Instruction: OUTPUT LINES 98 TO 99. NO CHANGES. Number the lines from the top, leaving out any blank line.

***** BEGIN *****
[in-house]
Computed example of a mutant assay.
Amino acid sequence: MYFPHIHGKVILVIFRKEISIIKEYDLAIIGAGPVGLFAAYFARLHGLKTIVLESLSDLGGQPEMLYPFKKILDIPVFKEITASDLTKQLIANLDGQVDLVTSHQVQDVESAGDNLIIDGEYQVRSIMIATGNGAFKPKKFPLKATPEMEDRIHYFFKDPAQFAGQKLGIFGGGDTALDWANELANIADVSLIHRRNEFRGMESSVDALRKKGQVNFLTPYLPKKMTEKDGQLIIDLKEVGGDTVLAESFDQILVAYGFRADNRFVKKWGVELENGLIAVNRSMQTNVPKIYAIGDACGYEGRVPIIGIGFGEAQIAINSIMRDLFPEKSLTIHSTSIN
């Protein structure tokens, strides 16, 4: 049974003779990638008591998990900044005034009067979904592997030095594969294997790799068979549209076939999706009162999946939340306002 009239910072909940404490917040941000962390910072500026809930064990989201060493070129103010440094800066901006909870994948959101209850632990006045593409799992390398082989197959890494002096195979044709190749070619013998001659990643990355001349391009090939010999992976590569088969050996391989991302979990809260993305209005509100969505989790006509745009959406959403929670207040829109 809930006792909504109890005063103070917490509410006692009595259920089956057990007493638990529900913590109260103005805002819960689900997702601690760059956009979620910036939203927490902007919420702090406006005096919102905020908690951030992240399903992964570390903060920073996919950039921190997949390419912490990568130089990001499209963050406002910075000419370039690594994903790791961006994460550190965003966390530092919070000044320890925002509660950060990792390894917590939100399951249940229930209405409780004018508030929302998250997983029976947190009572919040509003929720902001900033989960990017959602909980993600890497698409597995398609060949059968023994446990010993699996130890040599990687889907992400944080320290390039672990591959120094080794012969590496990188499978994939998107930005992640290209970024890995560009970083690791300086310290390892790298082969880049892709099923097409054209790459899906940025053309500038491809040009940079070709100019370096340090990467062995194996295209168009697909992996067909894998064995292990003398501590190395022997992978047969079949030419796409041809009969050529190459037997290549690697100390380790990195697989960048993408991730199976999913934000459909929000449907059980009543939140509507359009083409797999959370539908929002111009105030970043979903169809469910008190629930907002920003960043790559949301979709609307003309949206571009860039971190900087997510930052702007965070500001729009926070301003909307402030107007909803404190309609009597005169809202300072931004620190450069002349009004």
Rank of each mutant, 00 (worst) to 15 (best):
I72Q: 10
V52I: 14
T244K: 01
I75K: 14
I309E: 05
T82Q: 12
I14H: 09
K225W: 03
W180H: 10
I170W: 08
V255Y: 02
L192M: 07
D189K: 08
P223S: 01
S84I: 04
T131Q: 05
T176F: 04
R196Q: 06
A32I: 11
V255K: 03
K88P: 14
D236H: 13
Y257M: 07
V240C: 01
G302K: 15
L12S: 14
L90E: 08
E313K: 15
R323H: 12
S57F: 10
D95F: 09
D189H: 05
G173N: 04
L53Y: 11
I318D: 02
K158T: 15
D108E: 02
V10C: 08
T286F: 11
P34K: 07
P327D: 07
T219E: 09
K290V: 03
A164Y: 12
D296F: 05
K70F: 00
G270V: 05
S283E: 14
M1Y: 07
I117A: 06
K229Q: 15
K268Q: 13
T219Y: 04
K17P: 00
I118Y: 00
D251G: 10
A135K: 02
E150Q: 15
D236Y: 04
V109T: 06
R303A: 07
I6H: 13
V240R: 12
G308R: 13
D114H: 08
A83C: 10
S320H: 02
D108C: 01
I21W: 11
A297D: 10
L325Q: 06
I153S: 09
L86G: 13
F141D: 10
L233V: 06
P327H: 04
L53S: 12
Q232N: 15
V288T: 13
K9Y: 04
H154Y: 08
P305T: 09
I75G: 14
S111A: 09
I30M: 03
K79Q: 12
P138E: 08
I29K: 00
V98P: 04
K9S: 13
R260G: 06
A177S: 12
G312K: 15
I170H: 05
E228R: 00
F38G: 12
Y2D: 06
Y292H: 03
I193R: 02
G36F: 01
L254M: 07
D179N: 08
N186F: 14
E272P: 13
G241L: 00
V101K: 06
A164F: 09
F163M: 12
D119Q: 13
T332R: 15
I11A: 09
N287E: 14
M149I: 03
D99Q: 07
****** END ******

G312K: 15
I170H: 05